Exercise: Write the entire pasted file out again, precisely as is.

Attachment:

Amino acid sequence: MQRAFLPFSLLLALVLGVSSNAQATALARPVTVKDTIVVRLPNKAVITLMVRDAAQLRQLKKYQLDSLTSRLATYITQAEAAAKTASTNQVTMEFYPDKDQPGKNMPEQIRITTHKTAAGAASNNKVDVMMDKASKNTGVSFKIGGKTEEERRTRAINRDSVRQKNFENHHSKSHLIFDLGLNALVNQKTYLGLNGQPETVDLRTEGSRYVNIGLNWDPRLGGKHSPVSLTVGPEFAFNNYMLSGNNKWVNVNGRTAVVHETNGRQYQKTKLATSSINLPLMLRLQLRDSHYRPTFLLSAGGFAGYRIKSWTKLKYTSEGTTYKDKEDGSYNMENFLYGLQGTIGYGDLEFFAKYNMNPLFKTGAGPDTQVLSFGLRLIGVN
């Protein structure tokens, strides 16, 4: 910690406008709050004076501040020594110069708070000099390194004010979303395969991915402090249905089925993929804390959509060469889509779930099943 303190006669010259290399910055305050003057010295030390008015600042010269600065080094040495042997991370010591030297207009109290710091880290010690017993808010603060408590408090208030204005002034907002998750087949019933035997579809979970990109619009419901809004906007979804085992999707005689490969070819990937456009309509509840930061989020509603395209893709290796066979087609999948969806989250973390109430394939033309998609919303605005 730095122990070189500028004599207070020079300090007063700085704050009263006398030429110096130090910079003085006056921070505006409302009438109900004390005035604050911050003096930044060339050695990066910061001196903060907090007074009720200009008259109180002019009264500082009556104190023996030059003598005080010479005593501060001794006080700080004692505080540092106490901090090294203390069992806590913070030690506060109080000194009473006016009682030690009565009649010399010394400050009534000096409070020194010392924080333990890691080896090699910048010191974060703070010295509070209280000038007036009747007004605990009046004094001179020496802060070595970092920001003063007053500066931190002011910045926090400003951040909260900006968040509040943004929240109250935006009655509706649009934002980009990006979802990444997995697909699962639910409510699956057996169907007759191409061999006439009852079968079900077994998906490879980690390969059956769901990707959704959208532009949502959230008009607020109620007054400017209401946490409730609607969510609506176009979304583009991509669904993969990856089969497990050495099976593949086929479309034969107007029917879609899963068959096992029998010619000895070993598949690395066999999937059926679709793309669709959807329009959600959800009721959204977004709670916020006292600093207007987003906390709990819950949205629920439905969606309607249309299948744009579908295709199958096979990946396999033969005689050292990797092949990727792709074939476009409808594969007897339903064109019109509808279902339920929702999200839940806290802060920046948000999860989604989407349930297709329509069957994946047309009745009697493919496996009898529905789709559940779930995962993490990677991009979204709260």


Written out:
Amino acid sequence: MQRAFLPFSLLLALVLGVSSNAQATALARPVTVKDTIVVRLPNKAVITLMVRDAAQLRQLKKYQLDSLTSRLATYITQAEAAAKTASTNQVTMEFYPDKDQPGKNMPEQIRITTHKTAAGAASNNKVDVMMDKASKNTGVSFKIGGKTEEERRTRAINRDSVRQKNFENHHSKSHLIFDLGLNALVNQKTYLGLNGQPETVDLRTEGSRYVNIGLNWDPRLGGKHSPVSLTVGPEFAFNNYMLSGNNKWVNVNGRTAVVHETNGRQYQKTKLATSSINLPLMLRLQLRDSHYRPTFLLSAGGFAGYRIKSWTKLKYTSEGTTYKDKEDGSYNMENFLYGLQGTIGYGDLEFFAKYNMNPLFKTGAGPDTQVLSFGLRLIGVN
């Protein structure tokens, strides 16, 4: 910690406008709050004076501040020594110069708070000099390194004010979303395969991915402090249905089925993929804390959509060469889509779930099943 303190006669010259290399910055305050003057010295030390008015600042010269600065080094040495042997991370010591030297207009109290710091880290010690017993808010603060408590408090208030204005002034907002998750087949019933035997579809979970990109619009419901809004906007979804085992999707005689490969070819990937456009309509509840930061989020509603395209893709290796066979087609999948969806989250973390109430394939033309998609919303605005 730095122990070189500028004599207070020079300090007063700085704050009263006398030429110096130090910079003085006056921070505006409302009438109900004390005035604050911050003096930044060339050695990066910061001196903060907090007074009720200009008259109180002019009264500082009556104190023996030059003598005080010479005593501060001794006080700080004692505080540092106490901090090294203390069992806590913070030690506060109080000194009473006016009682030690009565009649010399010394400050009534000096409070020194010392924080333990890691080896090699910048010191974060703070010295509070209280000038007036009747007004605990009046004094001179020496802060070595970092920001003063007053500066931190002011910045926090400003951040909260900006968040509040943004929240109250935006009655509706649009934002980009990006979802990444997995697909699962639910409510699956057996169907007759191409061999006439009852079968079900077994998906490879980690390969059956769901990707959704959208532009949502959230008009607020109620007054400017209401946490409730609607969510609506176009979304583009991509669904993969990856089969497990050495099976593949086929479309034969107007029917879609899963068959096992029998010619000895070993598949690395066999999937059926679709793309669709959807329009959600959800009721959204977004709670916020006292600093207007987003906390709990819950949205629920439905969606309607249309299948744009579908295709199958096979990946396999033969005689050292990797092949990727792709074939476009409808594969007897339903064109019109509808279902339920929702999200839940806290802060920046948000999860989604989407349930297709329509069957994946047309009745009697493919496996009898529905789709559940779930995962993490990677991009979204709260």